Thankfully performances work, especially of the most important character of the film, the heartless killer with a smile played by S. J. Suryah and he does take away all the attention unarguably. Mahesh is fine and so is Rakul being the ‘has to be there’ leading lady of the film. And both cinematography and songs serve the purpose well along with the background score. Still, it really could have been an entirely different experience, had the writer-director thought of a much mature and more mysterious kind of engaging second half.
 
On the other hand, despite its major downers, SPYDER still tries to convey an important truth of our society, gone through a sudden, drastic change in the last two decades. And the life threatening truth is that we now feel NO or much less COMPASSION in the sufferings of the other crying right in front of our eyes going through a sudden crisis. May be the reason lies in the continuous disasters happening around us in the recent decades or the way we keep on watching everything like a regular news telecast on TV sitting in our comfortable homes - the undeniable truth remains that we are certainly not concerned about the other anymore becoming all selfish souls, which was not the way life was lived before this new millennium. And that is the cruel reality whether one wishes to accept or not, due to his or her own reasons.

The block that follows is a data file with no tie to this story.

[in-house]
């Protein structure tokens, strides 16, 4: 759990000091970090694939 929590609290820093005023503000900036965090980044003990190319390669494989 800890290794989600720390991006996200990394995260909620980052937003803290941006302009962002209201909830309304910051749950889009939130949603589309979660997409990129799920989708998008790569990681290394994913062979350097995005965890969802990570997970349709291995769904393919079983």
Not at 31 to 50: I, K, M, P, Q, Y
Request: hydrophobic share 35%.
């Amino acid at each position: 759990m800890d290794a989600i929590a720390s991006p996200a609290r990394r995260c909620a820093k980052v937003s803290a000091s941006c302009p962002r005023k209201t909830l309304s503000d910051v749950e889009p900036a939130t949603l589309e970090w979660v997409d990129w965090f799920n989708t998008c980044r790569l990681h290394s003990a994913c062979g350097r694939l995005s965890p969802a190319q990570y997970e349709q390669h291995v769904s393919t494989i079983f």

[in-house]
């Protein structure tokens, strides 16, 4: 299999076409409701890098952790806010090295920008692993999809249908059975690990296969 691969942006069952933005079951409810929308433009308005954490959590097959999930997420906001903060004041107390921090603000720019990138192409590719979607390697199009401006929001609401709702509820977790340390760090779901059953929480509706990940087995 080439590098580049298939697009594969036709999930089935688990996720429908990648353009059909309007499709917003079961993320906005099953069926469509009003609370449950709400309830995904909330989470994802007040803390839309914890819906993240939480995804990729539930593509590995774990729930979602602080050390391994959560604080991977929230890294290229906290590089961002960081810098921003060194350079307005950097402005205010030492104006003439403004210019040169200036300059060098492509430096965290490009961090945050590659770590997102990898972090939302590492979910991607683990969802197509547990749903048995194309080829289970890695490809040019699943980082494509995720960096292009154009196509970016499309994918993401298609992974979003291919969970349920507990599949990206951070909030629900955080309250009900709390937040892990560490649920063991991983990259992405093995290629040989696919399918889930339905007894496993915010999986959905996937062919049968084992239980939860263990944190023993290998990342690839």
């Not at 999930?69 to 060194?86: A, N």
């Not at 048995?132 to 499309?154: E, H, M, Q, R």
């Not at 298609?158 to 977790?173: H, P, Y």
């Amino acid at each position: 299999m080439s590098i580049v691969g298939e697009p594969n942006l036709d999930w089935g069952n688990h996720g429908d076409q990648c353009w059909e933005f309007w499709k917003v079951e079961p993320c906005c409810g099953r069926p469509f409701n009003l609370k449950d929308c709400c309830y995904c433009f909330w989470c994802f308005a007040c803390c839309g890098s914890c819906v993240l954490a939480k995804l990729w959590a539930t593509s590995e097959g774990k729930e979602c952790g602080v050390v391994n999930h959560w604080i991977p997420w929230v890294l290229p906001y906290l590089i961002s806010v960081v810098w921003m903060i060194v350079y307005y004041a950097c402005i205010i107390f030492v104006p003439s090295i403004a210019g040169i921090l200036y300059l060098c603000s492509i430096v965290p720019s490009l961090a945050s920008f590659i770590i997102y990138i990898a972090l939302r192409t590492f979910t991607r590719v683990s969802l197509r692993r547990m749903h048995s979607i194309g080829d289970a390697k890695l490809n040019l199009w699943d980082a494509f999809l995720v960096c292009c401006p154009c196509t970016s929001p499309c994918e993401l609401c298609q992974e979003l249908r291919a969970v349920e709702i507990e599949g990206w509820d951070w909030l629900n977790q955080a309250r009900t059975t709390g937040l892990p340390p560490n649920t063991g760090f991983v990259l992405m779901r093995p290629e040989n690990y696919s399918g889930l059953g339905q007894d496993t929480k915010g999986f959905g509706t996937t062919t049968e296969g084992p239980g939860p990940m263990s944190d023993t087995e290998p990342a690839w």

As a big film reaching many young minds of the country, SPYDER does get some extra brownie points for this enlightening social message and can surely be seen for its powerful, inventive first half much ahead than an exaggerated and over the top second spoiling the entire effort. But I really wish Murugadoss had not gone overboard with such a great plot in hand focusing on the villain for a change, having all the possibilities of becoming a cult serial killer film.

(Note: The article was first published on UC-News Mobile App on 2nd October 2017)
 
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Shared below are views - Beyond the initial write-up with more interesting insights.
 
Moving beyond the review, the best part of SPYDER is its portrayal of the powerful villain with a never before kind of backdrop and reason behind his saddist approach towards mankind. Personally it did remind me of another strong villain of Hindi films played by Ashutosh Rana in SANGHARSH (1999).